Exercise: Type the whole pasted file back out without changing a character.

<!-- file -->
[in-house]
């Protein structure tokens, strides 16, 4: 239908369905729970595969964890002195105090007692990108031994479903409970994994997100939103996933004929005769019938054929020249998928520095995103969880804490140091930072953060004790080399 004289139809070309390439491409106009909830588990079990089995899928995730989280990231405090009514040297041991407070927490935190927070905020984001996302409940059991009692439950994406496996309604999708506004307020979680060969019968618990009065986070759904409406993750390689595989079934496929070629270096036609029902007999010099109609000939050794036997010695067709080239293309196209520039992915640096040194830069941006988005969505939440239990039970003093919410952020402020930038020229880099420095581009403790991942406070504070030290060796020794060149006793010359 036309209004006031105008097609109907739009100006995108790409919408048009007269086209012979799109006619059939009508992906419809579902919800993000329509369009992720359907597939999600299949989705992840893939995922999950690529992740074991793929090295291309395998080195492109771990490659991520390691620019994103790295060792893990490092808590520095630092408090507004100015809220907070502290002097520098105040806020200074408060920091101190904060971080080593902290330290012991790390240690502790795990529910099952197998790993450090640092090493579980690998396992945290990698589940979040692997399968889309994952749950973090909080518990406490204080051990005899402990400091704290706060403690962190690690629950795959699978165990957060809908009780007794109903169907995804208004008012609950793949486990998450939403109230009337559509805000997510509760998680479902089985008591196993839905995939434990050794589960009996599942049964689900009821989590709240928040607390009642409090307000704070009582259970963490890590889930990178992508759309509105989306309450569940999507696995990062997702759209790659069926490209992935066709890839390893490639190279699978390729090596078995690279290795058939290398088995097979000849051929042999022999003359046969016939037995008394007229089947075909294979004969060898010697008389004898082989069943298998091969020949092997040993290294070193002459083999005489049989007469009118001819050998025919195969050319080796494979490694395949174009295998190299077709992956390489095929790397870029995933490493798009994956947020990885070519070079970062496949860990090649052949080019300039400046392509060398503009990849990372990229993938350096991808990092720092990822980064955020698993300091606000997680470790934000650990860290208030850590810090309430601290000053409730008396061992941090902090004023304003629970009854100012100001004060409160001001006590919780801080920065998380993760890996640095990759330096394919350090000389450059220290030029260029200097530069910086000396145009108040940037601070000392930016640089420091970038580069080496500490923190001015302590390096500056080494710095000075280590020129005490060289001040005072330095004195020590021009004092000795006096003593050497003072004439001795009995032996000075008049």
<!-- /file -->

[in-house]
């Protein structure tokens, strides 16, 4: 239908369905729970595969964890002195105090007692990108031994479903409970994994997100939103996933004929005769019938054929020249998928520095995103969880804490140091930072953060004790080399 004289139809070309390439491409106009909830588990079990089995899928995730989280990231405090009514040297041991407070927490935190927070905020984001996302409940059991009692439950994406496996309604999708506004307020979680060969019968618990009065986070759904409406993750390689595989079934496929070629270096036609029902007999010099109609000939050794036997010695067709080239293309196209520039992915640096040194830069941006988005969505939440239990039970003093919410952020402020930038020229880099420095581009403790991942406070504070030290060796020794060149006793010359 036309209004006031105008097609109907739009100006995108790409919408048009007269086209012979799109006619059939009508992906419809579902919800993000329509369009992720359907597939999600299949989705992840893939995922999950690529992740074991793929090295291309395998080195492109771990490659991520390691620019994103790295060792893990490092808590520095630092408090507004100015809220907070502290002097520098105040806020200074408060920091101190904060971080080593902290330290012991790390240690502790795990529910099952197998790993450090640092090493579980690998396992945290990698589940979040692997399968889309994952749950973090909080518990406490204080051990005899402990400091704290706060403690962190690690629950795959699978165990957060809908009780007794109903169907995804208004008012609950793949486990998450939403109230009337559509805000997510509760998680479902089985008591196993839905995939434990050794589960009996599942049964689900009821989590709240928040607390009642409090307000704070009582259970963490890590889930990178992508759309509105989306309450569940999507696995990062997702759209790659069926490209992935066709890839390893490639190279699978390729090596078995690279290795058939290398088995097979000849051929042999022999003359046969016939037995008394007229089947075909294979004969060898010697008389004898082989069943298998091969020949092997040993290294070193002459083999005489049989007469009118001819050998025919195969050319080796494979490694395949174009295998190299077709992956390489095929790397870029995933490493798009994956947020990885070519070079970062496949860990090649052949080019300039400046392509060398503009990849990372990229993938350096991808990092720092990822980064955020698993300091606000997680470790934000650990860290208030850590810090309430601290000053409730008396061992941090902090004023304003629970009854100012100001004060409160001001006590919780801080920065998380993760890996640095990759330096394919350090000389450059220290030029260029200097530069910086000396145009108040940037601070000392930016640089420091970038580069080496500490923190001015302590390096500056080494710095000075280590020129005490060289001040005072330095004195020590021009004092000795006096003593050497003072004439001795009995032996000075008049």